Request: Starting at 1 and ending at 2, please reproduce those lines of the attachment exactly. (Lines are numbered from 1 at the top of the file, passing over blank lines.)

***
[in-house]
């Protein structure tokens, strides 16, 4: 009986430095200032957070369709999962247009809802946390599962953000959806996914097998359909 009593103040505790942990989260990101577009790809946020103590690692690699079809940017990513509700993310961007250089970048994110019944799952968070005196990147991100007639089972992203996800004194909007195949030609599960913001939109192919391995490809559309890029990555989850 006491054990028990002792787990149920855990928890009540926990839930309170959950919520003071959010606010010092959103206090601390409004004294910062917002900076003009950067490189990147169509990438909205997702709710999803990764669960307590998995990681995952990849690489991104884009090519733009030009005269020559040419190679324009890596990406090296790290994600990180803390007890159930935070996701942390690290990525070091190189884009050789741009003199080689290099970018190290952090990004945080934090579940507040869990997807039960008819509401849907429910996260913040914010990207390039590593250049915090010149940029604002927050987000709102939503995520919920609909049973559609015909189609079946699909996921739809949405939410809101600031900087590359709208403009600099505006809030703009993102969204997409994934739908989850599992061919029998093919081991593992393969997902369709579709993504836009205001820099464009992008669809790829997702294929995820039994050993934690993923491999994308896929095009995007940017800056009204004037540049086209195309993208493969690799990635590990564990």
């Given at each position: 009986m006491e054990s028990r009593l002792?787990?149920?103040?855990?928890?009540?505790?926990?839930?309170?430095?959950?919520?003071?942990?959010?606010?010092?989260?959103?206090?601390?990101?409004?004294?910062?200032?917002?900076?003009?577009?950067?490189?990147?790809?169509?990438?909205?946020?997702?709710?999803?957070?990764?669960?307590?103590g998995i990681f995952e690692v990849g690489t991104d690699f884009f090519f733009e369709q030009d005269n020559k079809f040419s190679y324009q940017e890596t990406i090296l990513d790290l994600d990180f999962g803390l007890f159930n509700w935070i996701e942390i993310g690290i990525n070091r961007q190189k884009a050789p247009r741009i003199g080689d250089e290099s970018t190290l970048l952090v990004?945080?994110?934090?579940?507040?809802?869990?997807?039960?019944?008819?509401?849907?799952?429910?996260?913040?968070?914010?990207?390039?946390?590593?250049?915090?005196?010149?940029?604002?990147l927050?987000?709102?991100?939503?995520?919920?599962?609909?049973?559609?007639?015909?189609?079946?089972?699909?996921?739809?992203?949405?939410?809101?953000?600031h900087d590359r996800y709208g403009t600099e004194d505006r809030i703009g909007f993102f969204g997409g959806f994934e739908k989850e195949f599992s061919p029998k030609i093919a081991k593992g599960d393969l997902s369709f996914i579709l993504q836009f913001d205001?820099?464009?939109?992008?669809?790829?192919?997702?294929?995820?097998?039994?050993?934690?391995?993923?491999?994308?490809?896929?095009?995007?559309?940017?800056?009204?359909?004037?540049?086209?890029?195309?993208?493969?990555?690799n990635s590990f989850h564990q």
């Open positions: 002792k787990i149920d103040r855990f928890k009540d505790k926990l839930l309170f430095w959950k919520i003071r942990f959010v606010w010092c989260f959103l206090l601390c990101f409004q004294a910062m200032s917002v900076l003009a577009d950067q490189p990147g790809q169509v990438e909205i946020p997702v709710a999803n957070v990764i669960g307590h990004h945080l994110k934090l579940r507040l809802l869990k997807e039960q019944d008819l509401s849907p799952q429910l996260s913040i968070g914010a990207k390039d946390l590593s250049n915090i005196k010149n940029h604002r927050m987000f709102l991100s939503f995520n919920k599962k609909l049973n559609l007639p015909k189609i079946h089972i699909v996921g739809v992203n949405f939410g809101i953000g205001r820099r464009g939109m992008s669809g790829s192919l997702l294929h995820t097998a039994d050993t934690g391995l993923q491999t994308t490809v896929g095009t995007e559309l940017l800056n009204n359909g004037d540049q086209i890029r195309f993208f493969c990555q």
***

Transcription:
[in-house]
């Protein structure tokens, strides 16, 4: 009986430095200032957070369709999962247009809802946390599962953000959806996914097998359909 009593103040505790942990989260990101577009790809946020103590690692690699079809940017990513509700993310961007250089970048994110019944799952968070005196990147991100007639089972992203996800004194909007195949030609599960913001939109192919391995490809559309890029990555989850 006491054990028990002792787990149920855990928890009540926990839930309170959950919520003071959010606010010092959103206090601390409004004294910062917002900076003009950067490189990147169509990438909205997702709710999803990764669960307590998995990681995952990849690489991104884009090519733009030009005269020559040419190679324009890596990406090296790290994600990180803390007890159930935070996701942390690290990525070091190189884009050789741009003199080689290099970018190290952090990004945080934090579940507040869990997807039960008819509401849907429910996260913040914010990207390039590593250049915090010149940029604002927050987000709102939503995520919920609909049973559609015909189609079946699909996921739809949405939410809101600031900087590359709208403009600099505006809030703009993102969204997409994934739908989850599992061919029998093919081991593992393969997902369709579709993504836009205001820099464009992008669809790829997702294929995820039994050993934690993923491999994308896929095009995007940017800056009204004037540049086209195309993208493969690799990635590990564990």